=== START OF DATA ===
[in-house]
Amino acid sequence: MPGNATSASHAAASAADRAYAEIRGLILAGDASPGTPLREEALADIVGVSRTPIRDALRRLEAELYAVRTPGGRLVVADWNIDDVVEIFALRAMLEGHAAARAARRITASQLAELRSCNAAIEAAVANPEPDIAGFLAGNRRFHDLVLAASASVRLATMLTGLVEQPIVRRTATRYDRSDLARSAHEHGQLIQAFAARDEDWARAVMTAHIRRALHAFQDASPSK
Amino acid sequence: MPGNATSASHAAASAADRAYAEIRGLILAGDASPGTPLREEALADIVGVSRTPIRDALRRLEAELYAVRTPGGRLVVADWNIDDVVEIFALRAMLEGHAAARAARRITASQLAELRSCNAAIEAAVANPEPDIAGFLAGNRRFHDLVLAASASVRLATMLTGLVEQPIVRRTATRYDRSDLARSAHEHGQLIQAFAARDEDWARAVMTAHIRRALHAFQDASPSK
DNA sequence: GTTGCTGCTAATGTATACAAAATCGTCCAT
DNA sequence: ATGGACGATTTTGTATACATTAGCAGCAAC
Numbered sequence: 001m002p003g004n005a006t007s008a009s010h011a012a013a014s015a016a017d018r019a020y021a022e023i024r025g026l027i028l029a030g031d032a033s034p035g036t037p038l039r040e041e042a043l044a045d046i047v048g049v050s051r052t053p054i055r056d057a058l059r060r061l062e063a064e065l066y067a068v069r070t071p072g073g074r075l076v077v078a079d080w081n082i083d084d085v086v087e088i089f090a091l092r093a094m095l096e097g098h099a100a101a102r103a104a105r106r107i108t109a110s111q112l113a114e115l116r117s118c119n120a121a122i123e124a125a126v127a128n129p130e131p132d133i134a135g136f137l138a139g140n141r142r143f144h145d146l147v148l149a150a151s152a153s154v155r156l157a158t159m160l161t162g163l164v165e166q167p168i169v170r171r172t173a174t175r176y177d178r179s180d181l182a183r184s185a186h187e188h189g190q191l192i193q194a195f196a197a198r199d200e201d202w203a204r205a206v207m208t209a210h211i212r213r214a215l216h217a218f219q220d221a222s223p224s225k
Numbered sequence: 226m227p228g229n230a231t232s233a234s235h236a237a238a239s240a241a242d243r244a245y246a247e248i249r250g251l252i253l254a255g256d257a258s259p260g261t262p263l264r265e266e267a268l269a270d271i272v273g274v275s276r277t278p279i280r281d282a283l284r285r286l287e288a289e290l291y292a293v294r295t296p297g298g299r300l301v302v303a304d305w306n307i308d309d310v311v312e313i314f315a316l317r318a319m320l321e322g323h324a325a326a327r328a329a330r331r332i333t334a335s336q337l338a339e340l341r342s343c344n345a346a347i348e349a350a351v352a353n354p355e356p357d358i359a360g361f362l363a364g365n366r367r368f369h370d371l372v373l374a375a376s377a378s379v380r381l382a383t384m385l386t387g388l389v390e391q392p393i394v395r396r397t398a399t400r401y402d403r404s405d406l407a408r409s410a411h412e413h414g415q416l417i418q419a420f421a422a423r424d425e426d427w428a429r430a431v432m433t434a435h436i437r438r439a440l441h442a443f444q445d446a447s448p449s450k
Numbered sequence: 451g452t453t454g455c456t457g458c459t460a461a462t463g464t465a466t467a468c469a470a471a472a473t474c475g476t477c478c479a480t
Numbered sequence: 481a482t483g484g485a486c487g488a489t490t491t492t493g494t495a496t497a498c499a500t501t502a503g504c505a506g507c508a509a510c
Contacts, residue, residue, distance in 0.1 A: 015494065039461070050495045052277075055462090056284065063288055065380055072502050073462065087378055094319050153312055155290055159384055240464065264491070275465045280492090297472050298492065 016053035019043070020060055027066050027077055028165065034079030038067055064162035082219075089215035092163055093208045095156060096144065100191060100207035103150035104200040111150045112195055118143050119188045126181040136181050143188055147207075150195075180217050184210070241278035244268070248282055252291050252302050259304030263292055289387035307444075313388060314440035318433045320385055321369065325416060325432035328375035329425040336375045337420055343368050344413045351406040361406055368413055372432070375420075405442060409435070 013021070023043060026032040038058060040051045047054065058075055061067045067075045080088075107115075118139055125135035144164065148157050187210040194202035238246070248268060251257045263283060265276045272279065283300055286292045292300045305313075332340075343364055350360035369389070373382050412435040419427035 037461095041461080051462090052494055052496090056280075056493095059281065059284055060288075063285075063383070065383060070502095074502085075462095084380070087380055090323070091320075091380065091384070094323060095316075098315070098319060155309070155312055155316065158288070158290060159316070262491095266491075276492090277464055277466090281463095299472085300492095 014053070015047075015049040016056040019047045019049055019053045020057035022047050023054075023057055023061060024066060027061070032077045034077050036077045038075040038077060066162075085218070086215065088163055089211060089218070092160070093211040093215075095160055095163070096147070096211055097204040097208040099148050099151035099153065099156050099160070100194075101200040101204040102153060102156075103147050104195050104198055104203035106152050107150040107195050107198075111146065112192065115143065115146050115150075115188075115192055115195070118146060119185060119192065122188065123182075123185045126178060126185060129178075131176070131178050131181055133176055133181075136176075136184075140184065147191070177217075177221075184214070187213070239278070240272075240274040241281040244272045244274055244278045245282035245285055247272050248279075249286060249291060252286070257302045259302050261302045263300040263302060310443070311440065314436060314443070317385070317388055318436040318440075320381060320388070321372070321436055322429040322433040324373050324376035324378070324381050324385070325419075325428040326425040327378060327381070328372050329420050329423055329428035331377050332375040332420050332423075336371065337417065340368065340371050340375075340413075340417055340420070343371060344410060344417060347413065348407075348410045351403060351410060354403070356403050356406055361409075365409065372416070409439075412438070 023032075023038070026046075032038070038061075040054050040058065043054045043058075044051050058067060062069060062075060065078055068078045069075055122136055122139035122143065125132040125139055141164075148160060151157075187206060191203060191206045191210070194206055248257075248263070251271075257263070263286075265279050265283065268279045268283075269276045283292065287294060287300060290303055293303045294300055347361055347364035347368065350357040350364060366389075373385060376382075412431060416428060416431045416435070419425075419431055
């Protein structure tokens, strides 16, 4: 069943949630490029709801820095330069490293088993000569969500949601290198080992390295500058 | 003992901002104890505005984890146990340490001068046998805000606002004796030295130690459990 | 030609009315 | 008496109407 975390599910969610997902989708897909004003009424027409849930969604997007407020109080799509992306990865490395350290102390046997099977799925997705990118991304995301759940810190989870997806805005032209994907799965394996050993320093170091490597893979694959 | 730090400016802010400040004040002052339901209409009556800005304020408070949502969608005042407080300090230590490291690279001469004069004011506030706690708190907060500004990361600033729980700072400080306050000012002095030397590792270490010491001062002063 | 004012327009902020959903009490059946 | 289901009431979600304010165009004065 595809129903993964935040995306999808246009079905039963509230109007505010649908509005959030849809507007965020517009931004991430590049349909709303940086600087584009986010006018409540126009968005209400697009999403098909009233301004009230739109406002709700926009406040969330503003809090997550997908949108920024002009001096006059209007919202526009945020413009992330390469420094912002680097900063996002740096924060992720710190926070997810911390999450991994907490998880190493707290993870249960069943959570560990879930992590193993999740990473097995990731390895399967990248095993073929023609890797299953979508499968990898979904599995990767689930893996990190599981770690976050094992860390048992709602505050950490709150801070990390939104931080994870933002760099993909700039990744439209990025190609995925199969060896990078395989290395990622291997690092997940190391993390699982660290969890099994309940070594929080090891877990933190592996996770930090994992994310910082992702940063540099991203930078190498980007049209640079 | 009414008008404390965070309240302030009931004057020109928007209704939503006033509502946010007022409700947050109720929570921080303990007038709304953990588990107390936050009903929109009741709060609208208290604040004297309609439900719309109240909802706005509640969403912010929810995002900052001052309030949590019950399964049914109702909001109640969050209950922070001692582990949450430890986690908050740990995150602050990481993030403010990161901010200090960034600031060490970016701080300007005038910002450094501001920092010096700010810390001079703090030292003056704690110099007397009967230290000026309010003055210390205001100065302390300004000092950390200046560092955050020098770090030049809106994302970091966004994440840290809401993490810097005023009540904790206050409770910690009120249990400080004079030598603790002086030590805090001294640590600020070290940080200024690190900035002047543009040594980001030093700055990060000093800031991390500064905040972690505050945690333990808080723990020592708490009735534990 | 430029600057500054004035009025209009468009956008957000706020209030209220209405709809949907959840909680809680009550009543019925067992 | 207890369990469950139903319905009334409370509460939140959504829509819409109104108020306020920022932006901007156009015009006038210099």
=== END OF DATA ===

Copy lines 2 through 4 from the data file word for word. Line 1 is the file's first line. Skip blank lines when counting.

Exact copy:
Amino acid sequence: MPGNATSASHAAASAADRAYAEIRGLILAGDASPGTPLREEALADIVGVSRTPIRDALRRLEAELYAVRTPGGRLVVADWNIDDVVEIFALRAMLEGHAAARAARRITASQLAELRSCNAAIEAAVANPEPDIAGFLAGNRRFHDLVLAASASVRLATMLTGLVEQPIVRRTATRYDRSDLARSAHEHGQLIQAFAARDEDWARAVMTAHIRRALHAFQDASPSK
Amino acid sequence: MPGNATSASHAAASAADRAYAEIRGLILAGDASPGTPLREEALADIVGVSRTPIRDALRRLEAELYAVRTPGGRLVVADWNIDDVVEIFALRAMLEGHAAARAARRITASQLAELRSCNAAIEAAVANPEPDIAGFLAGNRRFHDLVLAASASVRLATMLTGLVEQPIVRRTATRYDRSDLARSAHEHGQLIQAFAARDEDWARAVMTAHIRRALHAFQDASPSK
DNA sequence: GTTGCTGCTAATGTATACAAAATCGTCCAT